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A view inside Trinity College Dublin. Shutterstock
barriers to entry

Homeless single mum who secured a place in Trinity has been refused Back To Education Allowance

The Department of Social Protection told that the Family Income Supplement, which Erica Fleming receives, is not a qualifying payment for the BTEA.

Updated 12.03pm

A HOMELESS SINGLE mother has been refused the Back To Education Allowance (BTEA) after securing a place on a degree course in Trinity College Dublin.

Erica Fleming received a letter denying her the allowance, which she needs before taking up her place on a Trinity Access Programme.

Fleming and her 10-year old daughter Emily have been living in a hotel for over a year, but she has been denied the grant to return to education, because she has been working part-time.

Yesterday, she received a letter that she is not entitled to BTEA as she is no longer on a qualifying payment. 

In order to qualify, she would have to have been unemployed for 234 days.

“I really am devastated, there’s no words to describe how I’m feeling,” she told

I spoke to an official from the department, and they have told me it was pointless to appeal.

“One policies officer told me before I could get the Back To Education Allowance, as I was on my previous payment for a long time. Now they’re saying I can’t get it.”

Letter A part of the letter Erica Fleming received from the Department of Social Protection. Erica Fleming Erica Fleming

“I’ve always worked but struggle to pay for things on one income,” she added.

I want to educate myself and be a role model for my daughter Emily and to stop needing social welfare.

“I don’t want to sit doing nothing for a year and I don’t understand why they would pay me to do this, but not help me to study?”

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Department’s response

In response to a query from, a spokeswoman from the Department of Social Protection saId: “The Department does not comment on individual cases.”

A support grant is available through the Student Universal Support Ireland (Susi), funded by the the Department of Education and Skills, she said, adding:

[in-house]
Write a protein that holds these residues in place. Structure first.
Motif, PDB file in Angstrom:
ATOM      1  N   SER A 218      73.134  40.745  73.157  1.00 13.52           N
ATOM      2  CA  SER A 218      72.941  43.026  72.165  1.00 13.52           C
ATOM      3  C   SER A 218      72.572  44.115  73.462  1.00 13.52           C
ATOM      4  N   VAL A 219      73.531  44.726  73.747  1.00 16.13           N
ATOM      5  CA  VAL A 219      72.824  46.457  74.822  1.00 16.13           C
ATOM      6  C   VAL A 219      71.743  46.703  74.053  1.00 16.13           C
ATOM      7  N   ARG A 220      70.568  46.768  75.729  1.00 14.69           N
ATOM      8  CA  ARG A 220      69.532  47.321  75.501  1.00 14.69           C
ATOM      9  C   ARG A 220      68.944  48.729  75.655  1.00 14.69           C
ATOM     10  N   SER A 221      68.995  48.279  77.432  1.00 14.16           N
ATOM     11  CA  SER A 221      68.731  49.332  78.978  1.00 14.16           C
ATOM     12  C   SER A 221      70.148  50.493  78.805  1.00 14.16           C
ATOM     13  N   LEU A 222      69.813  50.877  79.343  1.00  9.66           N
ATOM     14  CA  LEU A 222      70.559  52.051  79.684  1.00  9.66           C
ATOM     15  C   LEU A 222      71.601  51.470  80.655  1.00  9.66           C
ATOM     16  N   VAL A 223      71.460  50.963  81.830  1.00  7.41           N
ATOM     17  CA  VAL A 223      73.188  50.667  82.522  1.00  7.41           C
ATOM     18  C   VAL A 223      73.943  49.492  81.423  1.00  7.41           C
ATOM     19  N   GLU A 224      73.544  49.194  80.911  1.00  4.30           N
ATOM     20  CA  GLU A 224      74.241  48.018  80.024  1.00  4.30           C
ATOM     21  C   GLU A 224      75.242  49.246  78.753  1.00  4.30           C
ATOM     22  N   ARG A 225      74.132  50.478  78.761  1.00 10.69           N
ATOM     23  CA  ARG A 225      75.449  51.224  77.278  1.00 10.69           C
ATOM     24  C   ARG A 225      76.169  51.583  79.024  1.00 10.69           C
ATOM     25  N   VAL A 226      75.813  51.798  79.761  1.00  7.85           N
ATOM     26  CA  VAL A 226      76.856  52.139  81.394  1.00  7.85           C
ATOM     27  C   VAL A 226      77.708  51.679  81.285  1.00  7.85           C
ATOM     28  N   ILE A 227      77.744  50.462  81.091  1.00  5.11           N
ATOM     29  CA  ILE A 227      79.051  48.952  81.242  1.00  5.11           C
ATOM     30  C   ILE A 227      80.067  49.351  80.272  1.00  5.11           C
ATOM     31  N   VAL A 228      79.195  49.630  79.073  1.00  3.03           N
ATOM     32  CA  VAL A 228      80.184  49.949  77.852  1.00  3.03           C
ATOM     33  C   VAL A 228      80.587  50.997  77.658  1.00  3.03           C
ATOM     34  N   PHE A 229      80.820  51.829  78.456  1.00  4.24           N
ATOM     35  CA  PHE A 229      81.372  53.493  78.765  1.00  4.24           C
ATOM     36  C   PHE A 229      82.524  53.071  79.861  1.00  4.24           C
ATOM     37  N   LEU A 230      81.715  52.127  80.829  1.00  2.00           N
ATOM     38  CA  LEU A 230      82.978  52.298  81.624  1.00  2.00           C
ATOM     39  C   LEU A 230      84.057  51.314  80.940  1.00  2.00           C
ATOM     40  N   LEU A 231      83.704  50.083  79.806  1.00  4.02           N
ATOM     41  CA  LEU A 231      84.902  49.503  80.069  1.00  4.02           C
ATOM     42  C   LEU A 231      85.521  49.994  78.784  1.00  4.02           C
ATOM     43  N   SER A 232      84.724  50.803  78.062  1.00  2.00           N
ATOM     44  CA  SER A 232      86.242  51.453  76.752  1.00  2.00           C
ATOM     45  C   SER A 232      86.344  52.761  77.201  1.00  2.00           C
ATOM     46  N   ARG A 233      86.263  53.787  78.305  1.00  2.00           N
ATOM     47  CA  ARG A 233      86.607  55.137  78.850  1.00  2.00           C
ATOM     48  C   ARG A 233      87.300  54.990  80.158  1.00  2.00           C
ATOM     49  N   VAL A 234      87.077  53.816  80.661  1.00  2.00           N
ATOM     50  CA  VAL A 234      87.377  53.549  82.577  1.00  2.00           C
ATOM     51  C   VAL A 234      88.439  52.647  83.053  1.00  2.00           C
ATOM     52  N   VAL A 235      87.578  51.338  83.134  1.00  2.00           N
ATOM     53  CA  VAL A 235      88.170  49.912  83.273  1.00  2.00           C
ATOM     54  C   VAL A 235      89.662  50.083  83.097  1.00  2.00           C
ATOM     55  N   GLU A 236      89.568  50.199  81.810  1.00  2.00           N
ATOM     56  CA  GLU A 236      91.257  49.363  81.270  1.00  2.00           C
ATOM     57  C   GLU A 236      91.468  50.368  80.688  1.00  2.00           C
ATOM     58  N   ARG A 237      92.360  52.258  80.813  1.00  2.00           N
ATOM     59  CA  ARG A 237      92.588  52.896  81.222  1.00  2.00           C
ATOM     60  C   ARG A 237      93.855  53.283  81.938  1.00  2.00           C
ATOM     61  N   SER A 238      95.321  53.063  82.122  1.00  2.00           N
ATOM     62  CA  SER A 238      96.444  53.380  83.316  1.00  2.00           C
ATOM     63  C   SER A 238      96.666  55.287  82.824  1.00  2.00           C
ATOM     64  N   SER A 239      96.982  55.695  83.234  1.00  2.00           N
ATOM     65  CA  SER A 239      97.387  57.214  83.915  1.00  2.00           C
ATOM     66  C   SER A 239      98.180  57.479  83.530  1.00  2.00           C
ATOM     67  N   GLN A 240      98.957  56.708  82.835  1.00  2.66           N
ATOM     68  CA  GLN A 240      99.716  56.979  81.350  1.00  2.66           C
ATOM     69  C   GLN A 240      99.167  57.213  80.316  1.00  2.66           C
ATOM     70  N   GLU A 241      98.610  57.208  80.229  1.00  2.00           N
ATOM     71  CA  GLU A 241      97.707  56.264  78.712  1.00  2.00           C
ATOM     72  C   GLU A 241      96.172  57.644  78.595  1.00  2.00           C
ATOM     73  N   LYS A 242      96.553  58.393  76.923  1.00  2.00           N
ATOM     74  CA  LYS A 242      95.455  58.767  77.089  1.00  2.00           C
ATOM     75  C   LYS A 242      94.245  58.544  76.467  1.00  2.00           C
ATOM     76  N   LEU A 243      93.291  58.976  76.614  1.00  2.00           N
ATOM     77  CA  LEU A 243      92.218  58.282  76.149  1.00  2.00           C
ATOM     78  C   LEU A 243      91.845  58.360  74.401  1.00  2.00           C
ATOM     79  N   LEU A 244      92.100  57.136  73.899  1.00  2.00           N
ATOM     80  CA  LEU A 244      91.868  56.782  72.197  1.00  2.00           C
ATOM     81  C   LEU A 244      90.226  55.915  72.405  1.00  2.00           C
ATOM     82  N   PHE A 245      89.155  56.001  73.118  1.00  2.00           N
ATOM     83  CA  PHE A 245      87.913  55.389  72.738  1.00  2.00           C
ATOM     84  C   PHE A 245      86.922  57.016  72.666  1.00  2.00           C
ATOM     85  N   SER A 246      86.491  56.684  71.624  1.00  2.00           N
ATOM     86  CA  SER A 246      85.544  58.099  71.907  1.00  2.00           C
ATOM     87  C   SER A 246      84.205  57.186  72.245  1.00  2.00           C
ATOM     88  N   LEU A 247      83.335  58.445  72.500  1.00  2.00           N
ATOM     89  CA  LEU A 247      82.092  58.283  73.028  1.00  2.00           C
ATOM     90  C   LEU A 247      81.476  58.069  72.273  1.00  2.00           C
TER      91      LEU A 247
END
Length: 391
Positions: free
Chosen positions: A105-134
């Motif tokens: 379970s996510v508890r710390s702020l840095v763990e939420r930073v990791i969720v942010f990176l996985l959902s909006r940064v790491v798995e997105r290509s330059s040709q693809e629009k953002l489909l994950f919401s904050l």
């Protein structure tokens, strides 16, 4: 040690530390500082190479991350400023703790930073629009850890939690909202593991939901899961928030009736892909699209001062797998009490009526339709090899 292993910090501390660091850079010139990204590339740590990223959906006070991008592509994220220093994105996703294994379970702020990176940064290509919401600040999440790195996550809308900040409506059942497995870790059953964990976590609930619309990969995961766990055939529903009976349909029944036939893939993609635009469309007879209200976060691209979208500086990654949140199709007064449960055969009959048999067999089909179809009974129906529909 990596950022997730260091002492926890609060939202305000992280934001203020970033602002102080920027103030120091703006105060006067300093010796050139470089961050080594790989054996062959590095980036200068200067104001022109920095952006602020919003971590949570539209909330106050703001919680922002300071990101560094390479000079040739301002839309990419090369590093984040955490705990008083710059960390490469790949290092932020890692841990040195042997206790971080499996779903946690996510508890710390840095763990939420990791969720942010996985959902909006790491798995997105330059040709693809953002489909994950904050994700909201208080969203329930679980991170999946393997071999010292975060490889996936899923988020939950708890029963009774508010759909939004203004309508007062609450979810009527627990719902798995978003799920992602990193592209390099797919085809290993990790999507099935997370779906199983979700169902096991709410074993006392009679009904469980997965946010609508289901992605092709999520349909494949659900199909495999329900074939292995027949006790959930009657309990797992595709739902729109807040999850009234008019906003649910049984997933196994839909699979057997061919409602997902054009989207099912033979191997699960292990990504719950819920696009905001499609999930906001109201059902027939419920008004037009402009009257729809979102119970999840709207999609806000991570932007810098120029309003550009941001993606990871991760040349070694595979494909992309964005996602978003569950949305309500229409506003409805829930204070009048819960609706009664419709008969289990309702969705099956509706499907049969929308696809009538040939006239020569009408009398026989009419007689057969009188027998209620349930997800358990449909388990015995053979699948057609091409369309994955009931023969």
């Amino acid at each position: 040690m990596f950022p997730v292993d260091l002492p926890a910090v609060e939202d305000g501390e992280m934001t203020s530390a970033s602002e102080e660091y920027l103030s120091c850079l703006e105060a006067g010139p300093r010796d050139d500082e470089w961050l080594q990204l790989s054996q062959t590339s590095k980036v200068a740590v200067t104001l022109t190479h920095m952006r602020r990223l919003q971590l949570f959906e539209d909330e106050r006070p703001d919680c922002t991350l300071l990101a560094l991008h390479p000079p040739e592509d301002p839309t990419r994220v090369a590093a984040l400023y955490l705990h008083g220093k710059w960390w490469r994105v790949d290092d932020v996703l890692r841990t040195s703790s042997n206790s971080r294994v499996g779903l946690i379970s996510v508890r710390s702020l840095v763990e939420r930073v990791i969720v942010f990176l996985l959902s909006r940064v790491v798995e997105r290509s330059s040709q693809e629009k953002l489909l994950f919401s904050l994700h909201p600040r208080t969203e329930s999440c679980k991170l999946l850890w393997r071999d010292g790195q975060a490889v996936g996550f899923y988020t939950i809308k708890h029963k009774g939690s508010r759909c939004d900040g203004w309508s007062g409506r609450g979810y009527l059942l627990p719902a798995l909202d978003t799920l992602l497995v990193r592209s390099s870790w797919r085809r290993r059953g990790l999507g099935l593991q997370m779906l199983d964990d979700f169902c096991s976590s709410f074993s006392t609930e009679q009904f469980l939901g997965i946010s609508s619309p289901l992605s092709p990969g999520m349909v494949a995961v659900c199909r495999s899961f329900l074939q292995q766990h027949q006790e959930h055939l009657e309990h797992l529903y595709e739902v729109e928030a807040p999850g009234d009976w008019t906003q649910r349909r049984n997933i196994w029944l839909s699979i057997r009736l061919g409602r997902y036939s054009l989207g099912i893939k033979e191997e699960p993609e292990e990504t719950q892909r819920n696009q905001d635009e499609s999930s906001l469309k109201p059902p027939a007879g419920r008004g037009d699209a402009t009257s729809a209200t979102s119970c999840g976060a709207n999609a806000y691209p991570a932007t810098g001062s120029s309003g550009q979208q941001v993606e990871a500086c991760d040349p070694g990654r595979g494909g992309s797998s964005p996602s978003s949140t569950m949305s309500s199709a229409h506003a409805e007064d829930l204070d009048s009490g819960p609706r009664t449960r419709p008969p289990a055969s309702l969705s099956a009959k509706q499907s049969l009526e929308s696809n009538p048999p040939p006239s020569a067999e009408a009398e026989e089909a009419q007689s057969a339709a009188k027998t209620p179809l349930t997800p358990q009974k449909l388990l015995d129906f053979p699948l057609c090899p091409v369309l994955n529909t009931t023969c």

The Department of Social Protection does not offer specific supports for students pursuing third level qualifications outside of the Back To Education Allowance (BTEA).

They added that the Family Income Supplement (FIS), which Erica Fleming receives, “is not a qualifying payment for BTEA”.


Erica says she needed the €217 weekly stipend from the allowance to support herself and her daughter, otherwise she would not be able to attend the college.

She said the Department of Social Protection confirmed that if she stopped working and transferred to the ‘jobseekers transition’ payment for nine months, she would qualify for the BTEA next September.

“When I saw the letter I was sick,” she said.

I was so angry that because they can’t tick a box beside your name, you can’t get the grant.

Before Joan Burton’s changes to lone parents in July 2015, Erica would have been entitled to the BTEA, as she was on the One-Parent Family Allowance.

Last year however, Erica was transferred to the Family Income Supplement, a payment for low-income households working over 19 hours per week.

TCD Barriers outside Trinity College Dublin.


Erica had applied to the Trinity Access Programme with the hope of qualifying with a degree from the prestigious Dublin institution, but says her dream is now in tatters.

Single Parents Acting for the Rights of Kids, a support group, say the decision is proof that the government’s welfare policies are disincentivising lone parents from employment and education.

“This makes no sense at all,” spokeswoman Louise Bayliss said.

“Erica is trying to make a better life for her and her daughter but is constantly facing barriers because of an ill thought activation policy.

Before [Joan] Burton’s reforms, Erica would have been able to access BTEA and now she is being punished because she worked.

“We’ve already shown examples where lone parents are better off financially if they stop working and now the door to education is also being closed.”

Read: Will the government really be able to stop using hotels to house the homeless by next year?

Read: “We’re not going anywhere” – Demonstration held in support of homeless families on O’Connell Street

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